Responsive websites: What are you missing if you don’t have one?
Last month, we discussed the benefits of a mobile-optimized website versus a mobile-friendly site. As you may recall, a mobile-optimized site is simply a mobile website designed for viewing just on a mobile device. After reading that post, you probably decided that when you take your site mobile, you want it to be mobile optimized.
But now that you’ve mastered that argument, here comes “responsive design.”
What exactly is a responsive website? Should you or shouldn’t you have one?
A responsive site is the chameleon of the web world.
A responsive website is designed from the grohttps://www.nichelabs.com/wp-admin/post.php?post=435&action=editund up to adapt to whatever browser it’s viewed on. In other words, while your content will remain the same, a responsive website will adapt its appearance and format to the device a viewer is using – desktop, laptop, smartphone or tablet.
We’d like to say, “Jump in right now,” except that the design technology is a bit ahead of current mobile browser technology.
The problem is that not all mobile browsers are ready for responsive sites, so their results may vary. In other words, if you have a responsive website, you can’t be sure how it will appear on all mobile devices.
Nevertheless, a comparison of mobile website versus responsive websites may help you determine if the benefits to your business of responsive design outweigh its drawbacks.
A pure mobile website – optimized just for mobile devices.
A mobile website is designed separately from your main desktop website specifically for a small screen with only the content people on the go need – phone numbers, addresses, hours of operation, for example, with large type and large, easy-to-use buttons. It is not just a modified version of your main site. It is a separate site. Many businesses have their main website for years before they create a mobile site.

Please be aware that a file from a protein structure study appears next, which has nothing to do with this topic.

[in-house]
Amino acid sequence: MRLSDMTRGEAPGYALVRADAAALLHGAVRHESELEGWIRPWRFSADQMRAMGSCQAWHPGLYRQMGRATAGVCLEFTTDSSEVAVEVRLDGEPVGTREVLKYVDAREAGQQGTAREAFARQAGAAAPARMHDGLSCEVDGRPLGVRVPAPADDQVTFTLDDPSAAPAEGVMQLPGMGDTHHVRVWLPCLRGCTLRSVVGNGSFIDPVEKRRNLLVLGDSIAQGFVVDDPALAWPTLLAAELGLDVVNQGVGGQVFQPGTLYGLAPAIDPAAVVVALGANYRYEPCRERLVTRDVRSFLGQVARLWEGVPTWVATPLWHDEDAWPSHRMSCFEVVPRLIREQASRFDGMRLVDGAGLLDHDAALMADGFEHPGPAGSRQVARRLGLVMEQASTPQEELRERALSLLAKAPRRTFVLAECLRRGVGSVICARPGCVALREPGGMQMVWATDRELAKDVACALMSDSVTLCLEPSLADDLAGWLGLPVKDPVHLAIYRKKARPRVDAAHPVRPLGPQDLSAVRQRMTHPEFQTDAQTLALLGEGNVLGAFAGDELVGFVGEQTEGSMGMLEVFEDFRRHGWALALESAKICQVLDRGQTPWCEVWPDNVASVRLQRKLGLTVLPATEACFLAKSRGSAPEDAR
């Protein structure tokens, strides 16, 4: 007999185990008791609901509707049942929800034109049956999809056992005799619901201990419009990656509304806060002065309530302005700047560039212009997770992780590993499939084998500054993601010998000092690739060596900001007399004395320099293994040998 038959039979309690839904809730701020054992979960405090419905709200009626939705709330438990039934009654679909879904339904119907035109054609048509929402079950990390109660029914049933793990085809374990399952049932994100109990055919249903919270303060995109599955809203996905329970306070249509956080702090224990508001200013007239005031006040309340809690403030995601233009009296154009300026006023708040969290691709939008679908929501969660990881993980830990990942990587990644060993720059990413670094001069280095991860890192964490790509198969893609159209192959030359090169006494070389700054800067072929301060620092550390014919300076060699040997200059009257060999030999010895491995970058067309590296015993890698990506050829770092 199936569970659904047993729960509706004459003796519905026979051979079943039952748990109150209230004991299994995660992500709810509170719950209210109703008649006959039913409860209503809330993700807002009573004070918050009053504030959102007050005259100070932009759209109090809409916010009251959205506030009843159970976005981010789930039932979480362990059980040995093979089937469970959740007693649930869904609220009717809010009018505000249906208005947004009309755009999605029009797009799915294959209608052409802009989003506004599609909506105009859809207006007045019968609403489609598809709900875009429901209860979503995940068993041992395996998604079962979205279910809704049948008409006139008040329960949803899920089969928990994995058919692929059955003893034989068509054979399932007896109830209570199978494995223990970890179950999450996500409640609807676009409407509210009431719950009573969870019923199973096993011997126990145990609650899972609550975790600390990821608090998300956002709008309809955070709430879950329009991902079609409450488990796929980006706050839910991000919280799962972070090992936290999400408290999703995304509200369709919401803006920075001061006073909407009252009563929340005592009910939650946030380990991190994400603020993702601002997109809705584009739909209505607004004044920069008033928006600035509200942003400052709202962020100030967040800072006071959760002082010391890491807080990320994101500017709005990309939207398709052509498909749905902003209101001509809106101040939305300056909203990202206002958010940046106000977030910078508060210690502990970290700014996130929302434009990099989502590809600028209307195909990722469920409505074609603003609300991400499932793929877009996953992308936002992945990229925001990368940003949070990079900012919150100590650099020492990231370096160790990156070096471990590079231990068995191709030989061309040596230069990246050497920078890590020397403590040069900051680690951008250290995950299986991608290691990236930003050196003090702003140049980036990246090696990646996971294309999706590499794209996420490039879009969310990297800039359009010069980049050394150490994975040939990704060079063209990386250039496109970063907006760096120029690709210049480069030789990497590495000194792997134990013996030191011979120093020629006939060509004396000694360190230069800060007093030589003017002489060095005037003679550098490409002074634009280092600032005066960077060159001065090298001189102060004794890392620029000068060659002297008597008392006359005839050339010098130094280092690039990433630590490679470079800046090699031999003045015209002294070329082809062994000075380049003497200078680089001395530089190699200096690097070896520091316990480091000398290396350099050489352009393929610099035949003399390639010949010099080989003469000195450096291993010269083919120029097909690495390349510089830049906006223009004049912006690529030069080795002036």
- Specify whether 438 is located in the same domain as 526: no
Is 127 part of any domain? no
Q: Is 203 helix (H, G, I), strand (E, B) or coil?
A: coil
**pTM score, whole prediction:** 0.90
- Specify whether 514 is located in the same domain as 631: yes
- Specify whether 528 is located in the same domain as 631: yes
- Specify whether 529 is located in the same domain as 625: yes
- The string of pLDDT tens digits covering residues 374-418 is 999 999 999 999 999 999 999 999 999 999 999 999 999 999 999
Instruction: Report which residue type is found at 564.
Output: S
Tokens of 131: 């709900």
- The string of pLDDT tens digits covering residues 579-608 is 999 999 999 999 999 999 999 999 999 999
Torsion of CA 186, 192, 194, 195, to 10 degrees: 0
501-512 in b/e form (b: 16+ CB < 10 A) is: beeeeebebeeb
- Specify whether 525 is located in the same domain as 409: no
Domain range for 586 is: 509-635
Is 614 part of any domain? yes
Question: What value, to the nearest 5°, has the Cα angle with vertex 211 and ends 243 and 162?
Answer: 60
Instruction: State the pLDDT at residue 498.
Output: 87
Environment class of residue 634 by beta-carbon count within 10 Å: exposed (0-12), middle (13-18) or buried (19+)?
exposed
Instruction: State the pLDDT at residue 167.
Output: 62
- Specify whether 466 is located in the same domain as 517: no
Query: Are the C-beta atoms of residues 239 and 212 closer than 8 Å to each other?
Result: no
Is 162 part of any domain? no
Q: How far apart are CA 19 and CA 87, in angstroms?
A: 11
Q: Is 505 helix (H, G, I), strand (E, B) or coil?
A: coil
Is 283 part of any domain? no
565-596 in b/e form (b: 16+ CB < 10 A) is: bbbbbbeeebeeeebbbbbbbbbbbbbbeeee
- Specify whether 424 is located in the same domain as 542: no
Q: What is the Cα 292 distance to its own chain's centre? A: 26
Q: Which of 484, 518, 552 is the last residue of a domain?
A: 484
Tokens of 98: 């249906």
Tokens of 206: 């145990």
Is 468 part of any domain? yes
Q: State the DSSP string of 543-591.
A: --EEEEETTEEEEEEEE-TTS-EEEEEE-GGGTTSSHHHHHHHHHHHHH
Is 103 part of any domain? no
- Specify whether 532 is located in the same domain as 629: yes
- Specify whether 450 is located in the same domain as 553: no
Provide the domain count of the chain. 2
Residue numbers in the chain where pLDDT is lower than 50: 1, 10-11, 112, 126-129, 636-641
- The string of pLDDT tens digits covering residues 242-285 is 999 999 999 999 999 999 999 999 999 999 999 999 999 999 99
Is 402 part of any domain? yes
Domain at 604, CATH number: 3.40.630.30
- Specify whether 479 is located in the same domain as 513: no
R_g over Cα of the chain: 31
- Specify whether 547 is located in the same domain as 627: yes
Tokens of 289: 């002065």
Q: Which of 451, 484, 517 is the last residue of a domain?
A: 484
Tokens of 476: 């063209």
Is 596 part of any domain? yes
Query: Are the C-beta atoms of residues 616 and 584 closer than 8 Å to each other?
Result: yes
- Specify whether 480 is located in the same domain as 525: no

A mobile website offers four main advantages over a responsive website:
- It customizes your message to mobile audiences.
- It gives them just the information they need and no more.
- It loads quickly, a key requirement of use on the go.
- It’s more affordable to design and build.
It also has some minor disadvantages:
- You need to maintain two sites. Updates require you to update each site.
- If a mobile user needs to view your full site from his phone, it will not be optimized for a small screen.
Compare to a responsive website.
You can’t turn your current website into a responsive site. A responsive website is not a modification of a site. It’s a whole new site designed to adapt its format and appearance to the device it’s being viewed on.
Because the mobile device and its browser determine the display of your content, a responsive site offers several advantages:
- Since the content is the same no matter which device is used to view it, you only need to maintain one site.
- If you want to update content, you do it only once.
- With more and more people using a mobile device as their primary browser, it gives more people access to your full information.
Being new technology, a responsive website also has its drawbacks:
- Though there are workarounds, older browsers don’t support the technology.
- Since you can’t customize content for mobile users, a customer may have to scroll through your whole website just to find your phone number. Not ideal for a busy shopper just trying to ask a question.
- Since it contains more content, a responsive site is slower, another deterrent for users on the go.
- Responsive websites cost more to design and build.
So, which is right for you?
If you do business through your website rather than at a brick-and-mortar location, you may want to avoid the expense of managing two sites by having a responsive website. If, on the other hand, your customers have to come to your location to do business, a pure mobile website may be better for you.
How to know for sure?
Atlanta website design firm NicheLabs can help you decide which way to go. For more information, please email us at firstname.lastname@example.org or call 866.413.7952.